In a bleak future, NightRacer, an Earth campaign veteran, decides to unlock his erased memories. What he remembers, changes everything.
(note: this is chapter 15 from a serialized novel, previous chapter here – link)
He walked half a mile to the nearest hill and checked the surroundings, a little confused about the directions. He realized it was difficult to find a place on a planet completely covered in grass. Judging by the sun, he was facing east, and it was morning.
He was still a little sleepy, but he was waking up now, and he was wondering at the changes in the landscape: the grass looked greener and taller and softer somehow. He turned around and admired the view. All around him the wind was stirring the undulating grass, a carpet of little green blades reaching for the sky.
A rain cloud was hanging above the prairie to the south, gathering its strength. Every second or two, a bolt of lightning struck inside it, revealing its interiors.
A speck of light appeared in the grass, then another one, and then, like a mist of small fireflies, hundreds of tiny light specks emerged from between the grass blades and coalesced beside NightRacer. He didn’t even look at the outline materializing there.
“Hello, Father,” the newly formed shape said.
“Hello, son,” Racer said.
They stood on the hill, looking at the dark clouds and admiring the ocean of grass blades swaying in the wind.
Racer finally looked at the person beside him. It was a young boy, with intelligent but cold eyes.
“Had a good night?” Racer said.
“Yup. And a good morning. And the breakfast was good too.”
“Do you still like antelopes, or did you switched to cows now?”
“Cows are good, but I prefer people. You know that. Too bad I’m not allowed to have them.”
“Why do you love us so much, son?” Racer said.
“A human is like one of those surprise eggs you have in your movies. First you eat the sugary shell, and then you discover a little mind inside—surprise!”
“Are you sure you’re my son?” Racer said.
“Technically? No, I’m not your son. Why?”
“You’re like a zombie, always craving brains,” Racer said, and they both smiled.
“You know your brain was the only one I ever tasted, and I can’t tell if it was good or bad. There are no others on this world to compare it to.”
“Still complaining that we don’t feed you minds? You’re talking to some of the most intelligent people in the human world every day,” Racer said.
“Yes, but talking is a primitive form of communication. I crave the knowledge of the human’s deep inner thoughts and emotions and hopes and fears. I savored yours. Remember that girl you used to tease when you were in the first grade?”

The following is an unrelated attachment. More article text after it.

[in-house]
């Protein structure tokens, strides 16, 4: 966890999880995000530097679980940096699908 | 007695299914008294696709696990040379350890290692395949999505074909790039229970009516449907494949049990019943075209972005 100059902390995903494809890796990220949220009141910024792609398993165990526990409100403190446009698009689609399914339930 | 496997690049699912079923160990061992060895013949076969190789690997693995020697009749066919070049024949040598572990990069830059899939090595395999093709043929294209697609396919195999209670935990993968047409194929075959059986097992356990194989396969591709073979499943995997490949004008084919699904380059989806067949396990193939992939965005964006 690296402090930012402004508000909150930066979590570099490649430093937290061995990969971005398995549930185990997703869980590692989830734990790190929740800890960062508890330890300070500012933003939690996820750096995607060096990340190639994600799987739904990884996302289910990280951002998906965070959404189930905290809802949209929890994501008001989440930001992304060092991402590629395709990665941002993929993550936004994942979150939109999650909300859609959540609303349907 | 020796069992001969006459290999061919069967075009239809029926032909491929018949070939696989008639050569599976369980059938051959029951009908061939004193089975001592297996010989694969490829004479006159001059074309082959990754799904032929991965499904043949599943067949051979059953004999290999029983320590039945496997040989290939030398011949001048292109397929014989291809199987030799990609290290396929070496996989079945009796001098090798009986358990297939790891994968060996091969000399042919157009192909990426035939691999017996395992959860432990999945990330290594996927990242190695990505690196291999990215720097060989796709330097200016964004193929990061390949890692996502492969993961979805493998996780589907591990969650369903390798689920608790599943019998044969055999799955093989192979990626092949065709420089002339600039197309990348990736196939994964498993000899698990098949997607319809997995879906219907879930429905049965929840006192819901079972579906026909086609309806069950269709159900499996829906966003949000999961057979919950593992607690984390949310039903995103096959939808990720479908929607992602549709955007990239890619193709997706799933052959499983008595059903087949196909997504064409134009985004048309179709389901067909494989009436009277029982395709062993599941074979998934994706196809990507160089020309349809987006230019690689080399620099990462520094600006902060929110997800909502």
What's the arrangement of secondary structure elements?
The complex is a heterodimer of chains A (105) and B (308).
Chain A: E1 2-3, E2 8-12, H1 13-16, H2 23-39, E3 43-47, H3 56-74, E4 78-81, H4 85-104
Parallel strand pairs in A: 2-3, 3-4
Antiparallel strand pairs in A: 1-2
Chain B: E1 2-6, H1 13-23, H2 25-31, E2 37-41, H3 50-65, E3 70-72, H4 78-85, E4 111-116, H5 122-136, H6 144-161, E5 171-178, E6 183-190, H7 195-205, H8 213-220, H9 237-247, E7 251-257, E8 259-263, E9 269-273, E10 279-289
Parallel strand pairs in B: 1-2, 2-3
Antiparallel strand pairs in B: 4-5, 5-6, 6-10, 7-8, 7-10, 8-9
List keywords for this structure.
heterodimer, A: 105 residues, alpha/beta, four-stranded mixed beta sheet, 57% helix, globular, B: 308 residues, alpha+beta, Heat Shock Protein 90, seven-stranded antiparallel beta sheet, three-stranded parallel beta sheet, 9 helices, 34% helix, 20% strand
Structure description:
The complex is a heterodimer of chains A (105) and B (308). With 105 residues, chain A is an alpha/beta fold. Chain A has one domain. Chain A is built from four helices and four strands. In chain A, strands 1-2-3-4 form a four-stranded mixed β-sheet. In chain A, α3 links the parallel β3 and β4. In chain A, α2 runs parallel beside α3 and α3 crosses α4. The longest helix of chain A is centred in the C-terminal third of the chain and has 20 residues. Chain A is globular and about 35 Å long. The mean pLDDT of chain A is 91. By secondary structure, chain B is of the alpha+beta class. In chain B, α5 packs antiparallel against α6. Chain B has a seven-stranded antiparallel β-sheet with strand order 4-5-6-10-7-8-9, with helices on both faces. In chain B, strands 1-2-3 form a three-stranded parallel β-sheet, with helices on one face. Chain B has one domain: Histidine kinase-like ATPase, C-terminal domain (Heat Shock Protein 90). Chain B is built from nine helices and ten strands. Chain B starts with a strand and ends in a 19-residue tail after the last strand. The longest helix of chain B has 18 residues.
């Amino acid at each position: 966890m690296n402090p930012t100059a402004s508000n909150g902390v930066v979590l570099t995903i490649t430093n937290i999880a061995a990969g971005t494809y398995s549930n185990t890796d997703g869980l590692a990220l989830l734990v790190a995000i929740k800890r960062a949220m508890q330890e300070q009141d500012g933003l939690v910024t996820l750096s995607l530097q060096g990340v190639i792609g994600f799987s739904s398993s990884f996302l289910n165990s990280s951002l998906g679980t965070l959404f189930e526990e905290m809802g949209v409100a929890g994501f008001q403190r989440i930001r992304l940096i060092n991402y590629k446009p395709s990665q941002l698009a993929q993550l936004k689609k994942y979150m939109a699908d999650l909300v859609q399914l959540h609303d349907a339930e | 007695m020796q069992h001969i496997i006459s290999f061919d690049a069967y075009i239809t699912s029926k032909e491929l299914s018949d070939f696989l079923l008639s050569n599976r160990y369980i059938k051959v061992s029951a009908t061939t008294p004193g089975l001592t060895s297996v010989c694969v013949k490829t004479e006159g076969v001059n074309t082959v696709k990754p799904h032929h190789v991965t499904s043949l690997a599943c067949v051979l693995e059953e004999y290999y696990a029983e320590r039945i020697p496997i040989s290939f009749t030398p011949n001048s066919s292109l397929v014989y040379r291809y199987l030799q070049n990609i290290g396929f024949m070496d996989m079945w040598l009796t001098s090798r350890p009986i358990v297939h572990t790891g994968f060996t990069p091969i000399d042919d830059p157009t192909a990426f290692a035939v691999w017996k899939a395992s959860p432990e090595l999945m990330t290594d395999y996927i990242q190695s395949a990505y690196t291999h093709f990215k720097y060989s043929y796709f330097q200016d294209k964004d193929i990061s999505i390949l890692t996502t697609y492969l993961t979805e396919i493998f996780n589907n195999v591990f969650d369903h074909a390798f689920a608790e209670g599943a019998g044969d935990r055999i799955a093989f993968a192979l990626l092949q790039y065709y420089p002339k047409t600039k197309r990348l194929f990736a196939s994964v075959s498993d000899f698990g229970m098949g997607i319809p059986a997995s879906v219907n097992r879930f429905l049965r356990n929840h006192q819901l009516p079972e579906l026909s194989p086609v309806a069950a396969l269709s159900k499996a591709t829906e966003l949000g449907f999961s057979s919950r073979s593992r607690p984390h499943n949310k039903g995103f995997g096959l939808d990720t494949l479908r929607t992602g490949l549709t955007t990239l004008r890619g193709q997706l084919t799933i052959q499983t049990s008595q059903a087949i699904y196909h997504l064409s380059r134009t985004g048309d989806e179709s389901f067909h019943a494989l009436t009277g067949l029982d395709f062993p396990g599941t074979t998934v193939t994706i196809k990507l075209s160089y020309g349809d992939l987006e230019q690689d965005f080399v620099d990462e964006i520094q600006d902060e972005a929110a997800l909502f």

“That’s because your mind is hiding it from you. For me, discovering that little detail in your memory was quite revealing. I learned that you’re not perfect and that you had to learn to control yourself at one moment in your life and that you later forgot about that girl because you were ashamed of your lack of control.”
“Were you talking to psychologists again?”
“I’m talking to one right now, on the Eastern continent.”
“Who else are you talking to now? Is my copy sleeping?”
“Of course it is, and it will sleep as long as you come here and talk to me.”
“Good. What if he wakes up?”
“Then there’s going to be another Racer.”
“And what if I tell you one thing and the other me tells you the exact opposite? What are you going to do? Whom are you going to believe?”
“Not a problem! I’m just going to keep both versions in my mind. I’m very large, you know. I engulf a planet, I eat cows, and I have two versions of the same father.”
“So?” Racer said.
“So I can handle multiple versions and operate with multiple contradictory theories.”
“You don’t feel like you need to find the truth, reconcile your contradictions?”
“Nope,” the boy said. “There is no one truth. Not when humans are involved, anyway. And from what I understand, every smart human knows that. You should think about that too.”
“You know why I forgot about the girl I was teasing in the first grade? Because rather than play this game of multiple truths, I’d rather be either a good or an evil person and know the one truth. Why do I have to always doubt everything?”
“Way to oversimplify things, Dad. ‘I’m either good or bad!’ You’re neither. I know contradiction is within your grasp.”
“It is, but it takes me a lot of effort to deal with it. Actually, I think we can ask somebody else about this. He’s a living contradiction himself.” Racer pulled a com from his pocket. “Good morning, Seventeen. Could you check and see if EnforcerThirtyOne is online?”
In a couple of minutes a screen materialized in front of them.
“You guys are still there, talking?” StormRider’s clone asked, looking at them from the screen. “I left you two yesterday on that hill talking trash, and you’re in exactly the same place. You must be stuck in an endless loop, or something—two versions of the same mind arguing with each other, never bothering to think.”
“Hey, if it’s not the artist formerly known as StormRider!” Racer said.
“We are not the same, Uncle ThirtyOne, the boy said with a smile. I branched from Dad’s mind a long time ago, and now I’m smarter than him.”
“If you’re so smart, how come you don’t have a name?” Racer said.
“Because a name is an important thing, and I need time to find one.”
“You don’t need time, you just need to use your gigantic brain,” Racer said.
“Hey, Daddy, do you want me to pick a name for your boy?” the clone said.
“I wouldn’t trust a guy called EnforcerThirtyOne to pick a name for my child. What are you going to call him, EnforcerThirtyThree?”
“Why not, EnforcerThirtyTwo, sir?” the clone answered.
“What I need from you is to explain one thing to me,” Racer said. “Can a human being reconcile two contradictory experiences? And does a human even need to do that?”
“You mean like in that puzzle?” the clone said. “A person shares his mind with a clone, and neither one of them knows what the other one looks like? They meet on a street and have an argument. Each one has a different memory about who started the argument and why. In the morning they have to reconcile both versions.”
“It’s a little on the Earth side,” the boy said. “Having arguments on streets, and such. But let’s say, for the sake of argument, that each one of them has a memory that contradicts the other’s memory and that neither version can be deleted. Can they reconcile their memories when they merge their minds?”